Tuesday, March 1, 2011

Tuesday, March 1, 2011

LYIN' WITH THE MERLION: The temporary Merlion Hotel, which has been built around the city's iconic Merlion statue at Marina Bay went up for bookings today at 10 a.m. It was sold out--for the period between April 4 and May 5--in a little more than an hour. This is an art installation by Tatzu Nishi, a Japanese artist who has developed this for the Singapore Biennale, organized by the Singapore Art Museum. The statue is enclosed now by the construction project (right) that will create this hotel room (see artist's rendition above). The room rate is $150 a night. We didn't try to call in. Not sure if the statue will be spewing water throughout the night.

BACK AT SCHOOL: I had a very nice conversation today with Gan Moog Chow, head of the Department of Materials Science and engineering at the highly regarded National University of Singapore. He has spent lots of time in both the U.S. and Singapore in his professional life and has one son at UMass Amherst and another who graduated at Lehigh and is heading toward medical school at Temple. Among his very interesting observations was his comment about how Singaporean students are doing in college. "By the time they get here [at NUS] they are battle-weary" from the push to succeed throughout their schooling. That resonates. You'd rather have someone who's battle-tested. There's quite a difference between the two. NUS and Yale are embarking on a collaboration that will bring in a healthy dose of liberal arts to NUS.

RAFFLES VS. KEPPEL: I know the name Raffles has quite a lock on Singapore. It seems to be everywhere.... Metro stop, famous hotel--rightly so. But I've lately been attracted to the name Keppel. Both Thomas Stamford Raffles and Henry "Harry" Keppel were Englishmen who flourished in the 1800s. Raffles basically founded modern-day Singapore; Keppel helped clear the nearby waters of Malay pirates. (The photograph at right shows the admiral in 1894 with the future King Edward VII.) The former is a much more "famous" name. A Google search combining Raffles and Singapore yields 3.46 million hits. Keppel and Singapore yields a measly 781,000. So, while the Raffles name permeates the city, Keppel's name lingers largely along the waterfront.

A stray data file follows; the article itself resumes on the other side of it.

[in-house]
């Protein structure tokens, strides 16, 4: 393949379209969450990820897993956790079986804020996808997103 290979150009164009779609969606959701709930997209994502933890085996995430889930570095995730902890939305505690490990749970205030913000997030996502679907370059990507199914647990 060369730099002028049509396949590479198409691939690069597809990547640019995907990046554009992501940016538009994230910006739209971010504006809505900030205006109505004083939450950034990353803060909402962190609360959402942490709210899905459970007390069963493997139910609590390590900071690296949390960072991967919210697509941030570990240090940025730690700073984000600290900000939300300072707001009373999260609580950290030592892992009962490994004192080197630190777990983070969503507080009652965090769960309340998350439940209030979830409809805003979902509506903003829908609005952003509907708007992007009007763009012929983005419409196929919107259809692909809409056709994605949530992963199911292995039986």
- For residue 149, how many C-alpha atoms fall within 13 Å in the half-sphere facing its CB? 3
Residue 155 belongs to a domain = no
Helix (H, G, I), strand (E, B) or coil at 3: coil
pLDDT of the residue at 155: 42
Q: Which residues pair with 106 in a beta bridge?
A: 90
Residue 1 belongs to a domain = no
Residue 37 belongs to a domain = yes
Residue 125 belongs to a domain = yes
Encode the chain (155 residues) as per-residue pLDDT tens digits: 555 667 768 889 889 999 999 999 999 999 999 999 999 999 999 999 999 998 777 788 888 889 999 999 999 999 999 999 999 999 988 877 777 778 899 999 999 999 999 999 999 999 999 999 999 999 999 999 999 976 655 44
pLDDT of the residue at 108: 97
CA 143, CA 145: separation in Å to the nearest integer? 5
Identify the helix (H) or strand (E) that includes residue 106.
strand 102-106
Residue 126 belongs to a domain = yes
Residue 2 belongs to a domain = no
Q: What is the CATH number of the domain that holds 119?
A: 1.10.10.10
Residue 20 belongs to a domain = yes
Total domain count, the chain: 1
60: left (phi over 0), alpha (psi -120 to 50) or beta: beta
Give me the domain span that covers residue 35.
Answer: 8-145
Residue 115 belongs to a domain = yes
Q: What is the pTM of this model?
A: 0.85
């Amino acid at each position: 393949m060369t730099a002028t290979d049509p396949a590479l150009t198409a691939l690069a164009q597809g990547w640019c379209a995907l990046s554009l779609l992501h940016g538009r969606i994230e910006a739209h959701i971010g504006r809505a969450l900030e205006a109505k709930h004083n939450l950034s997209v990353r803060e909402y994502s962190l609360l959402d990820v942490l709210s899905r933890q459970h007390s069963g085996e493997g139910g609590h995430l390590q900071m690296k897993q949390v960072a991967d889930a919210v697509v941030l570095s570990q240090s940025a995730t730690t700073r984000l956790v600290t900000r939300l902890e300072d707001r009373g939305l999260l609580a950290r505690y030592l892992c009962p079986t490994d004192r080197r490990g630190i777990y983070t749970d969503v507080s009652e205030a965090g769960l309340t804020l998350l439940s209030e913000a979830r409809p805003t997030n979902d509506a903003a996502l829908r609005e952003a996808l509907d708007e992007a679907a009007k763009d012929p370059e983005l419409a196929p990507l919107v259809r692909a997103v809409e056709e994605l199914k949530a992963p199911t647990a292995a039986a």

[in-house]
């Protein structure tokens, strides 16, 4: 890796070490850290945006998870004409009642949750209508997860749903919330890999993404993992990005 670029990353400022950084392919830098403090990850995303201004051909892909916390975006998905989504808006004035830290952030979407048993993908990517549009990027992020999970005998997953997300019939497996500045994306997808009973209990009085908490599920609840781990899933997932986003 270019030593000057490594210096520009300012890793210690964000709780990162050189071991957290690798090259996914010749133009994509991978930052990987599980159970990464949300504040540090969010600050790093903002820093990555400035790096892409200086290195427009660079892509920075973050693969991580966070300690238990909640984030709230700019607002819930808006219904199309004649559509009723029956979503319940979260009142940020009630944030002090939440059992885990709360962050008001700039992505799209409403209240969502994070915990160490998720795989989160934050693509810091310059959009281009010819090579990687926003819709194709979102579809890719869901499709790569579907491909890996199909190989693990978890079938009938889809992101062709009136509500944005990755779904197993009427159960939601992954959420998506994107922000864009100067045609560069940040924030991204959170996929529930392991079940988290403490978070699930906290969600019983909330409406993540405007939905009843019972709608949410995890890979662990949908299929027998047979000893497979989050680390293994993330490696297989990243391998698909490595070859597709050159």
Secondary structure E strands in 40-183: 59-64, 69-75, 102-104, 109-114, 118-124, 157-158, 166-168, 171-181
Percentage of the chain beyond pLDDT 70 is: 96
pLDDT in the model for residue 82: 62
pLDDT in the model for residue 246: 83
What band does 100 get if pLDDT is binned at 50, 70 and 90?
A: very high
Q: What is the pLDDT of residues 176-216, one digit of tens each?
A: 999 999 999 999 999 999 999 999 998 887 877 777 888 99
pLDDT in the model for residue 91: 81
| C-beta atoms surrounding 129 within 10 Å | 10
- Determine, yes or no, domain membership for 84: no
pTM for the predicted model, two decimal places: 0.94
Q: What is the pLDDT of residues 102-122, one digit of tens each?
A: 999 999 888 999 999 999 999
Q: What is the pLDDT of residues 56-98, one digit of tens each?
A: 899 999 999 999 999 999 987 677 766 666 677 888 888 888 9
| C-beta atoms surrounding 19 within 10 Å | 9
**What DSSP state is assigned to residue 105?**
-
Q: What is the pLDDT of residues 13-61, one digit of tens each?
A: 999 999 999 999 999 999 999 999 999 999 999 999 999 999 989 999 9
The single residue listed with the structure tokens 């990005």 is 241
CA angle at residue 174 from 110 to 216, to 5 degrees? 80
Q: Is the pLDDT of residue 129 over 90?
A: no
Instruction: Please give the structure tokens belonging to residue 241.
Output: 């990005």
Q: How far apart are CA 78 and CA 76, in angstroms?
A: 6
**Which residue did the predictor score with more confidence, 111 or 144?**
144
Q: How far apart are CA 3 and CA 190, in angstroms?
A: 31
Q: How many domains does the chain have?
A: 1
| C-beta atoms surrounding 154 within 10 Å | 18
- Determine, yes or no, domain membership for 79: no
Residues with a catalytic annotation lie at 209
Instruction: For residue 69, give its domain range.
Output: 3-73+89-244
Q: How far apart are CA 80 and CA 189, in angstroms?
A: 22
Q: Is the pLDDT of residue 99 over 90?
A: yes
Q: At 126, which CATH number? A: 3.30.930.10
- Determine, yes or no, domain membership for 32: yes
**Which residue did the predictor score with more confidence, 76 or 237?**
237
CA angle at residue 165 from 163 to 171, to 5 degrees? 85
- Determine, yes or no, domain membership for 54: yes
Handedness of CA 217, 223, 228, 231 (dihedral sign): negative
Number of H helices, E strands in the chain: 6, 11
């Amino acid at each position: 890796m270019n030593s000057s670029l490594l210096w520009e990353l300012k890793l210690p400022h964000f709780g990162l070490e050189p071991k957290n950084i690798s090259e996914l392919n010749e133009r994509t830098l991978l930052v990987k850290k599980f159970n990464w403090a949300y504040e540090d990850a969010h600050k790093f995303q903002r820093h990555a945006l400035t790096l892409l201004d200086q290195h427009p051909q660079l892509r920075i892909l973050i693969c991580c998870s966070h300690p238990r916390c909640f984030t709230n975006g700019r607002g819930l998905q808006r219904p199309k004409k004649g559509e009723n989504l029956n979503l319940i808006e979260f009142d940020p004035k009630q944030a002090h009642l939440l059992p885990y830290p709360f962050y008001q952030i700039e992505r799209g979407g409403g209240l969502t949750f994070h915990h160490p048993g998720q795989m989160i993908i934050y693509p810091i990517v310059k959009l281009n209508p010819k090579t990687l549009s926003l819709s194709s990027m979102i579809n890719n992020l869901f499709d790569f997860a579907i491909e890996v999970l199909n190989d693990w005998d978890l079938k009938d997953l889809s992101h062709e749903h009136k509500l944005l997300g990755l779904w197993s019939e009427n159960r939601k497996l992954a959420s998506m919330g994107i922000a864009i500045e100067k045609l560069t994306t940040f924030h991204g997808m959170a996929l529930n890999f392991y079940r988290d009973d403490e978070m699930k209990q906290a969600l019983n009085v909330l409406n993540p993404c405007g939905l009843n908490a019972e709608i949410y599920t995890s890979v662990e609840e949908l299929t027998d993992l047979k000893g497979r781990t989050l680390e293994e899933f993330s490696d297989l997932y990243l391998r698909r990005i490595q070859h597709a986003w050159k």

A harbor, channel, wharf etc. The fine-looking Keppel Club offers golf very close to the water just to the west of the center of the city. The club's site describes the naming this way:
"In the 1830s, the Straits Settlements (Singapore, Malacca and Penang) was a pirates’ haven. By 1832, Singapore had become the busy centre of government for the three areas. It was also at this time that Admiral Keppel came to Singapore. This famous British sailor helped to clear the Straits of pirates. The harbour was thus named after him. Keppel Golf Club, as it was originally known, was founded on November 15, 1904."

We took a photo of what we think is I think is Keppel Bay/Harbour (right) when our World War II tour took us to Labrador Point.
If you're so inclined, you can download his memoirs here.
According to the memoir, the harbor is aptly named for him. Concerned about the difficulty of getting coal at Singapore, he inspected the "new harbour," noted it was very suitable as a coal depot and wrote to the British Admiralty. He heard nothing for seven months, so he sent his analysis to the P. and O. Co. Responding by return mail, that firm took possession of the harbor, which, the memoir states, would have been "worth half a million" to Great Britain.

THINGS ARE LOOKING UP FOR THE CRANE INDEX: Here's the latest Singapore Crane Index Limited Economic Indicator, which seems to be totally ignored by the Financial Times, Wall Street Journal etc.:
Date: March 2
Time: 8:15 a.m. (Singapore time)
Cranes Up (bad): 8
Cranes Down (good): 18
CRANES MISSING (unknown degree of goodness/badness): 2

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